A friend once described Nantucket Sound as a body of water surrounded on three sides by money. The outcome of the six-year-long effort to use a small part of that water to house a 130-turbine, 468-megawatt wind farm — still the largest proposed renewable-energy project in the eastern U.S. — will help determine whether we, as a nation, are serious about confronting the climate crisis.
The federal agency in charge of the formal review of the Cape Wind project, the Minerals Management Service, is receiving public comments through Monday, April 21. It’s the last opportunity for ordinary citizens to outshout the Kennedys and other plutocrats who would rather keep subjecting Cape Cod waters to oil tanker spills than sully their viewsheds with matchbox-sized spinning blades (which is how they’ll appear from land).
The Cape-based citizens group Clean Power Now (“It’s not the view, it’s the vision”) has an e-mail form you can fill out in a few seconds to register your support. If you prefer to compose your own message, use this form from the project developers, Cape Wind. That’s how I beat the deadline with my comments, below.
My name is Charles Komanoff. I have worked professionally for nearly four decades as a policy analyst of, and advocate for, sustainable energy and transport. Personally, I long ago committed to low-impact, energy-efficient living; for example, since the early 1970s, I have bicycled some 75,000 miles, mostly for everyday travel in New York City, where I live, while driving only a fraction of that amount.
I first learned about the Cape Wind project in 2002. It appealed to me then as an elegant, low-impact, carbon-free solution to the Cape and Island’s electricity needs. Equally important, I saw Cape Wind as a test for environmentalists: Would we advocate for the idea of renewable energy but let personal convenience and privilege stand in the way of its practice? Or would we “harmonize our public positions with our private choices,” as one commentator put it, and pursue sustainable energy fully and aggressively despite the compromises this might require?
I identify fully and proudly with the latter position. Having stated my case in newspaper and magazine articles, open letters to fellow environmentalists, and earlier public comments (some of which are posted on my website), I will confine myself here to explaining why.
My first reason for standing with Cape Wind is because of professional ethics. As a frequent expert witness for state and local government bodies concerned with permitting nuclear power plants in the 1970s and 1980s, I made numerous representations that wind power facilities would one day be available to provide commercial quantities of economical electricity, and that I and fellow environmentalists would support their siting. I cannot now in good conscience stand silently while the fate of the largest such project proposed for the eastern United States hangs in the balance.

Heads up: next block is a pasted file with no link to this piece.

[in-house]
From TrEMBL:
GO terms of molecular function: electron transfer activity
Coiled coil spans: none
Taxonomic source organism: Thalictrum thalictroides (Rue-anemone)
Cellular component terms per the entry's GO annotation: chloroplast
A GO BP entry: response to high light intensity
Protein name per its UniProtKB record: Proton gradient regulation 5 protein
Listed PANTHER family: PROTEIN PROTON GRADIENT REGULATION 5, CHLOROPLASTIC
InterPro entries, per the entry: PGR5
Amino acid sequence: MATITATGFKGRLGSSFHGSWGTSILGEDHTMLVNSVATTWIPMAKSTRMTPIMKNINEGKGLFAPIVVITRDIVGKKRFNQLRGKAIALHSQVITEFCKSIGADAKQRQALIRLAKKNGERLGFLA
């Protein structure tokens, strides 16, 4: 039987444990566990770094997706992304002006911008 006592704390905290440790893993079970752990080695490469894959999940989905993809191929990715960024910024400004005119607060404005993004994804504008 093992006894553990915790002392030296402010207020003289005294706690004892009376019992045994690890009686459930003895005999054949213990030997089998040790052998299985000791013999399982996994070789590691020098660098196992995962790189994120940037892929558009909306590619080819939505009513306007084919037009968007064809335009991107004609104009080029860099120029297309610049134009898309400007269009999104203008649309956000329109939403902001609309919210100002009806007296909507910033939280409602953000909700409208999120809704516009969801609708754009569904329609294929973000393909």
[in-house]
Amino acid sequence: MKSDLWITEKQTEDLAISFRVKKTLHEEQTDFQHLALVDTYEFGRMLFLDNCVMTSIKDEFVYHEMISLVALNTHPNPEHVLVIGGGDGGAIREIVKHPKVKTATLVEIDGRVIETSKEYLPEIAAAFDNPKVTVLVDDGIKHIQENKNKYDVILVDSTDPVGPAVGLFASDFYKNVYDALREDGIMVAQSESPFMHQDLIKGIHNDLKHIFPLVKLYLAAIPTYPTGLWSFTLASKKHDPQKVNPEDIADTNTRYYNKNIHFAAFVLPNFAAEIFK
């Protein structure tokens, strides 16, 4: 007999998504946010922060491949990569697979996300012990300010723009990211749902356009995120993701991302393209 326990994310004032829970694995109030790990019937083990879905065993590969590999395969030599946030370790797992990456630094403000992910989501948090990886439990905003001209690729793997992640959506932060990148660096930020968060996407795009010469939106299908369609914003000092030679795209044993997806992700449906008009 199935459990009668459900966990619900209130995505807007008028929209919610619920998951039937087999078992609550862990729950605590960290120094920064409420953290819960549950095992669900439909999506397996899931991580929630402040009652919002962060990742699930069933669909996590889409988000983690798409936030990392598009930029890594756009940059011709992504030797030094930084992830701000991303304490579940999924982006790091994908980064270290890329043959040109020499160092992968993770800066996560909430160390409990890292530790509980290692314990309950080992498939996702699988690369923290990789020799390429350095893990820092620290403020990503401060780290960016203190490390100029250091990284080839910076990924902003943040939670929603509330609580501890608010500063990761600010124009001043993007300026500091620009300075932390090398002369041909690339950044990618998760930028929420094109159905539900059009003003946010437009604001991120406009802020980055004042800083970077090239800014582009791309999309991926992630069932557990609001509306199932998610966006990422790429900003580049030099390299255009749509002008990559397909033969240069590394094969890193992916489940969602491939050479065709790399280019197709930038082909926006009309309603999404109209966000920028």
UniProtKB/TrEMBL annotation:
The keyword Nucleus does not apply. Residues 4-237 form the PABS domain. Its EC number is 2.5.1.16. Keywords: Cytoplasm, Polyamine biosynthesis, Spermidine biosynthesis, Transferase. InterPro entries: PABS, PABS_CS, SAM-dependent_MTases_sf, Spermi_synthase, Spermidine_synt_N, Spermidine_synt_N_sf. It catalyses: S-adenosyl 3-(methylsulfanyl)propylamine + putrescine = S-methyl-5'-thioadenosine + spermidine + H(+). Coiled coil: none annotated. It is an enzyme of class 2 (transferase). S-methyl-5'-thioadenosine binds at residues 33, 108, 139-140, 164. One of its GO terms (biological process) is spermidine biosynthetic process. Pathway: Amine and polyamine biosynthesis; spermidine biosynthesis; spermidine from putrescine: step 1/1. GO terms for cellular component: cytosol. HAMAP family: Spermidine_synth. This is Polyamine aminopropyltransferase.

My second reason for standing with Cape Wind is my children and the world they will inhabit after I am gone. I am deeply concerned about the climate crisis and believe that the fate of the earth and its people depends on decarbonizing the American and other economies as quickly as possible. Cape Wind is both a literal piece of the solution and a symbol of the capacity of our country to seize the day and move quickly to low-carbon and zero-carbon energy sources. Addressing the climate crisis requires moving forward with Cape Wind.
My third and final reason for standing with Cape Wind is rooted in my career as a policy analyst. We economists — I am one — perpetually deal in trade-offs, balancing virtues and flaws, costs and benefits, “bests” with “goods.” Rarely, if ever, have I encountered a public policy matter in which the trade-offs were more clear than they are for Cape Wind. In physical, visceral terms, the trade-off is between tall but spindly structures whose full height — even from the nearest point on land — could be covered twice over with the width of a fingertip held at arm’s length, and the annual mining, shipping, and burning of a quantity of coal or oil large enough to cover the entire playing field of Boston’s Fenway Park to more than three times the height of the fabled Green Monster wall in left field. In a world with few true slam-dunks, Cape Wind stands out as one.
My lone qualm about the Cape Wind project is that the turbines will “put an end to the opportunity for people to experience an original view of a piece of the natural world in one of America’s most famously lovely coastal regions,” as naturalist Carl Safina put it. This is a loss to be mourned. And yet, Nantucket Sound hasn’t been a pristine place for centuries. It is already a very heavily humanized stretch of water, though no less beautiful for that. Indeed, it is this fact — that a humanized world need not be an ugly one — that shows us, now, the way forward.
Thoreau famously asked, “What good is a house if you haven’t got a tolerable planet to put it on?” To have a shot at remaining tolerable for our descendants, our fragile, stressed, precious planet needs Cape Wind.
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